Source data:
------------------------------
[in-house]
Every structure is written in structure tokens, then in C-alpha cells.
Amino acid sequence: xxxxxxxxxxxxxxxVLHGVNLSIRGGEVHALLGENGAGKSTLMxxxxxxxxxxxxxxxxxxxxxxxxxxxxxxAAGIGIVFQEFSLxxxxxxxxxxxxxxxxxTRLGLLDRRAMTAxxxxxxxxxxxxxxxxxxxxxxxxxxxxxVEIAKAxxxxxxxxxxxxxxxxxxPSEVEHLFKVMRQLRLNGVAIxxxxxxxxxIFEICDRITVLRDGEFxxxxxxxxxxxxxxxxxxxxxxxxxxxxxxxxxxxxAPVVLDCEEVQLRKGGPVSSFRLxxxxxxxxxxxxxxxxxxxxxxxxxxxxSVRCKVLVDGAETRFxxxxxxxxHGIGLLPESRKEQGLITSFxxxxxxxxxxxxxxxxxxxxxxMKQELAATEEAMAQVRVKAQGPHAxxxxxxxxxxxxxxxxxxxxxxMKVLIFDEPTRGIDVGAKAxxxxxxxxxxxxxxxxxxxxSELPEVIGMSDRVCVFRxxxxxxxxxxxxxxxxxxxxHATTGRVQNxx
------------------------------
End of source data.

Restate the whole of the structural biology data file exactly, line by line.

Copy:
[in-house]
Every structure is written in structure tokens, then in C-alpha cells.
Amino acid sequence: xxxxxxxxxxxxxxxVLHGVNLSIRGGEVHALLGENGAGKSTLMxxxxxxxxxxxxxxxxxxxxxxxxxxxxxxAAGIGIVFQEFSLxxxxxxxxxxxxxxxxxTRLGLLDRRAMTAxxxxxxxxxxxxxxxxxxxxxxxxxxxxxVEIAKAxxxxxxxxxxxxxxxxxxPSEVEHLFKVMRQLRLNGVAIxxxxxxxxxIFEICDRITVLRDGEFxxxxxxxxxxxxxxxxxxxxxxxxxxxxxxxxxxxxAPVVLDCEEVQLRKGGPVSSFRLxxxxxxxxxxxxxxxxxxxxxxxxxxxxSVRCKVLVDGAETRFxxxxxxxxHGIGLLPESRKEQGLITSFxxxxxxxxxxxxxxxxxxxxxxMKQELAATEEAMAQVRVKAQGPHAxxxxxxxxxxxxxxxxxxxxxxMKVLIFDEPTRGIDVGAKAxxxxxxxxxxxxxxxxxxxxSELPEVIGMSDRVCVFRxxxxxxxxxxxxxxxxxxxxHATTGRVQNxx